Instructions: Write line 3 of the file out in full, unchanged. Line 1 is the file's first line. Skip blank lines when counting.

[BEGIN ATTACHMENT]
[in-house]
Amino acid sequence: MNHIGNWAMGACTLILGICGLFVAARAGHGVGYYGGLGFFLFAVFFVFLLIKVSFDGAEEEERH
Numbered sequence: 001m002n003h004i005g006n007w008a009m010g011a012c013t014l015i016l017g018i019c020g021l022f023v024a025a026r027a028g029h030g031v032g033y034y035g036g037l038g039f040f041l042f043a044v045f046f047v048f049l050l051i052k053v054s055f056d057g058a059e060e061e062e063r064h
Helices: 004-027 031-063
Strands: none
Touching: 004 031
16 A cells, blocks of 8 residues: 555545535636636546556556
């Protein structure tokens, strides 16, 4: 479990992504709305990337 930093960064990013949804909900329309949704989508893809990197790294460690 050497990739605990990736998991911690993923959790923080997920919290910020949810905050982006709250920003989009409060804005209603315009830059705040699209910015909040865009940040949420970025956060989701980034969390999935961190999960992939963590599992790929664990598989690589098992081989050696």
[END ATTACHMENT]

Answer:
Numbered sequence: 001m002n003h004i005g006n007w008a009m010g011a012c013t014l015i016l017g018i019c020g021l022f023v024a025a026r027a028g029h030g031v032g033y034y035g036g037l038g039f040f041l042f043a044v045f046f047v048f049l050l051i052k053v054s055f056d057g058a059e060e061e062e063r064h